Game of Thrones: Visit the real-life kingdom of Westeros to see where violent history ends and telly tourism begins

    The real-life kingdom of Westeros

    Is there something a little uncomfortable about Game of Thrones shooting in Northern Ireland?
    How to survive a social-media mauling, by the tough women of Twitter

    How to survive a Twitter mauling

    Mary Beard, Caroline Criado-Perez, Louise Mensch, Bunny La Roche and Courtney Barrasford reveal how to trounce the trolls
    Gallipoli centenary: At dawn, the young remember the young who perished in one of the First World War's bloodiest battles

    At dawn, the young remember the young

    A century ago, soldiers of the Empire – many no more than boys – spilt on to Gallipoli’s beaches. On this 100th Anzac Day, there are personal, poetic tributes to their sacrifice
    Dissent is slowly building against the billions spent on presidential campaigns – even among politicians themselves

    Follow the money as never before

    Dissent is slowly building against the billions spent on presidential campaigns – even among politicians themselves, reports Rupert Cornwell
    Samuel West interview: The actor and director on austerity, unionisation, and not mentioning his famous parents

    Samuel West interview

    The actor and director on austerity, unionisation, and not mentioning his famous parents
    General Election 2015: Imagine if the leading political parties were fashion labels

    Imagine if the leading political parties were fashion labels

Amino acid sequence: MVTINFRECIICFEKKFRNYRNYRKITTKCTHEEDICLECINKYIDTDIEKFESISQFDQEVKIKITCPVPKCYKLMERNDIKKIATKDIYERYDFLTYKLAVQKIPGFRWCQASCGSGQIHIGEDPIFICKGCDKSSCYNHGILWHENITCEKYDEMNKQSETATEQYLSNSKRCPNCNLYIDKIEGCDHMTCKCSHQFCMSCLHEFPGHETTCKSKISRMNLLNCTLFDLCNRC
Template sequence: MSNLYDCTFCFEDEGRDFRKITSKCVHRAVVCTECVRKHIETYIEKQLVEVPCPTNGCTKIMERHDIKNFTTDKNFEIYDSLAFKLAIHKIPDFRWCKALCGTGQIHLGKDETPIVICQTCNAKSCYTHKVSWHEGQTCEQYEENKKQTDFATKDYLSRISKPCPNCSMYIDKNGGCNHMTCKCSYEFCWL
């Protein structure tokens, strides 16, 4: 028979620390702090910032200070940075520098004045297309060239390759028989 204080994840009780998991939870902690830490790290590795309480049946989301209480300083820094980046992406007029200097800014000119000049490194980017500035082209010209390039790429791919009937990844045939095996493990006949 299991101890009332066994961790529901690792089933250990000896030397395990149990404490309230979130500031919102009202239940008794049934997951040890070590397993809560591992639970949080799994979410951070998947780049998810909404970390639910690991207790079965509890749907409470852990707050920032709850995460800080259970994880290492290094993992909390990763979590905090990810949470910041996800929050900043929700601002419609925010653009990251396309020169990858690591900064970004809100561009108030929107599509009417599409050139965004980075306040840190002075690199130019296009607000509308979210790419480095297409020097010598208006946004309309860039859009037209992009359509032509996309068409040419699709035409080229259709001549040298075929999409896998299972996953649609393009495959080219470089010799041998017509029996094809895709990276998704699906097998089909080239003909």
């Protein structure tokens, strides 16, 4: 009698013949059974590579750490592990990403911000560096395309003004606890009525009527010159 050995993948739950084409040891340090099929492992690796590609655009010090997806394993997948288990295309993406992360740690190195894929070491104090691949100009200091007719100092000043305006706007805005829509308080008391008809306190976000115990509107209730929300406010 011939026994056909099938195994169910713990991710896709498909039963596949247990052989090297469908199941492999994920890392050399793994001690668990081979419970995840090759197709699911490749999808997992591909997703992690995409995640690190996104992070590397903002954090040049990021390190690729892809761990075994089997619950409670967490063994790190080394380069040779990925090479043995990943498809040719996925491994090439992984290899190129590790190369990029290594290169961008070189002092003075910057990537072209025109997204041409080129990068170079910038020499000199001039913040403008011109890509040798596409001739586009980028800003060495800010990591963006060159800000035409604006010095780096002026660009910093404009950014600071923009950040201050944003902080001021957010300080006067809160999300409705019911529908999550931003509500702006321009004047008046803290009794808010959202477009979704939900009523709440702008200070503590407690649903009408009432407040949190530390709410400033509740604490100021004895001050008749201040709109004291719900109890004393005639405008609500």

Fashion editor, Alexander Fury, on what the leaders' appearances tell us about them
    Phumzile Mlambo-Ngcuka: Home can be the unsafest place for women

    Phumzile Mlambo-Ngcuka: Home can be the unsafest place for women

    The architect of the HeForShe movement and head of UN Women on the world's failure to combat domestic violence
    Public relations as 'art'? Surely not

    Confessions of a former PR man

    The 'art' of public relations is being celebrated by the V&A museum, triggering some happy memories for DJ Taylor
    Bill Granger recipes: Our chef succumbs to his sugar cravings with super-luxurious sweet treats

    Bill Granger's luxurious sweet treats

    Our chef loves to stop for 30 minutes to catch up on the day's gossip, while nibbling on something sweet
    London Marathon 2015: Paula Radcliffe and the mother of all goodbyes

    The mother of all goodbyes

    Paula Radcliffe's farewell to the London Marathon will be a family affair
    Everton vs Manchester United: Steven Naismith demands 'better' if Toffees are to upset the odds against United

    Steven Naismith: 'We know we must do better'

    The Everton forward explains the reasons behind club's decline this season
    Arsenal vs Chelsea: Praise to Arsene Wenger for having the courage of his convictions

    Michael Calvin's Last Word

    Praise to Wenger for having the courage of his convictions